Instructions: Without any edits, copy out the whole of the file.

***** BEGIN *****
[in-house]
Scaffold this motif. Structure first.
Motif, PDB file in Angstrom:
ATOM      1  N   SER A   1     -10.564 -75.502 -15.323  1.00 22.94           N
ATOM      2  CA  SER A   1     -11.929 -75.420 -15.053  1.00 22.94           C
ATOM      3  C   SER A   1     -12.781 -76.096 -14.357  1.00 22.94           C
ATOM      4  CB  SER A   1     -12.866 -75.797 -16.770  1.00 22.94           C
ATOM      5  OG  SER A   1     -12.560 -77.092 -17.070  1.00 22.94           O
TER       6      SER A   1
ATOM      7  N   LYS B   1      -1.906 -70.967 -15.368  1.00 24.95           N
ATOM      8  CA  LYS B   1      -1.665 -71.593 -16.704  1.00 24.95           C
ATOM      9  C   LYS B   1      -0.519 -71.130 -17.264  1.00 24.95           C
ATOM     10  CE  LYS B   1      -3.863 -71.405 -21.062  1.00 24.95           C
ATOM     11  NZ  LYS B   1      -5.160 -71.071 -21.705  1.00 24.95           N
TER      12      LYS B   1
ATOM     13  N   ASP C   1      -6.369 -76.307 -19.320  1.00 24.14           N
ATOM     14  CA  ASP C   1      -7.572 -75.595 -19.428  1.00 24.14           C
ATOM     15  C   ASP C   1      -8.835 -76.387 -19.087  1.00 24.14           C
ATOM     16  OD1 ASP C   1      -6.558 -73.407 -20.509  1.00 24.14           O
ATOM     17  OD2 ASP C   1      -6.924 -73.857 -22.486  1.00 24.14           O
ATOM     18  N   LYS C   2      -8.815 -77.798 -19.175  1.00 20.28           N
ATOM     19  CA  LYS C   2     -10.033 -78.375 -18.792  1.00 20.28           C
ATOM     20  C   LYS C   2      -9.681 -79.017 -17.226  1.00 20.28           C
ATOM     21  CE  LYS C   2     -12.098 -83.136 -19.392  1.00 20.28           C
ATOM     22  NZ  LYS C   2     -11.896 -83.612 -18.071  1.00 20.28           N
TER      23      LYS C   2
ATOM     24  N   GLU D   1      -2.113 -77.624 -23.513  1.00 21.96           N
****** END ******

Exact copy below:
[in-house]
Scaffold this motif. Structure first.
Motif, PDB file in Angstrom:
ATOM      1  N   SER A   1     -10.564 -75.502 -15.323  1.00 22.94           N
ATOM      2  CA  SER A   1     -11.929 -75.420 -15.053  1.00 22.94           C
ATOM      3  C   SER A   1     -12.781 -76.096 -14.357  1.00 22.94           C
ATOM      4  CB  SER A   1     -12.866 -75.797 -16.770  1.00 22.94           C
ATOM      5  OG  SER A   1     -12.560 -77.092 -17.070  1.00 22.94           O
TER       6      SER A   1
ATOM      7  N   LYS B   1      -1.906 -70.967 -15.368  1.00 24.95           N
ATOM      8  CA  LYS B   1      -1.665 -71.593 -16.704  1.00 24.95           C
ATOM      9  C   LYS B   1      -0.519 -71.130 -17.264  1.00 24.95           C
ATOM     10  CE  LYS B   1      -3.863 -71.405 -21.062  1.00 24.95           C
ATOM     11  NZ  LYS B   1      -5.160 -71.071 -21.705  1.00 24.95           N
TER      12      LYS B   1
ATOM     13  N   ASP C   1      -6.369 -76.307 -19.320  1.00 24.14           N
ATOM     14  CA  ASP C   1      -7.572 -75.595 -19.428  1.00 24.14           C
ATOM     15  C   ASP C   1      -8.835 -76.387 -19.087  1.00 24.14           C
ATOM     16  OD1 ASP C   1      -6.558 -73.407 -20.509  1.00 24.14           O
ATOM     17  OD2 ASP C   1      -6.924 -73.857 -22.486  1.00 24.14           O
ATOM     18  N   LYS C   2      -8.815 -77.798 -19.175  1.00 20.28           N
ATOM     19  CA  LYS C   2     -10.033 -78.375 -18.792  1.00 20.28           C
ATOM     20  C   LYS C   2      -9.681 -79.017 -17.226  1.00 20.28           C
ATOM     21  CE  LYS C   2     -12.098 -83.136 -19.392  1.00 20.28           C
ATOM     22  NZ  LYS C   2     -11.896 -83.612 -18.071  1.00 20.28           N
TER      23      LYS C   2
ATOM     24  N   GLU D   1      -2.113 -77.624 -23.513  1.00 21.96           N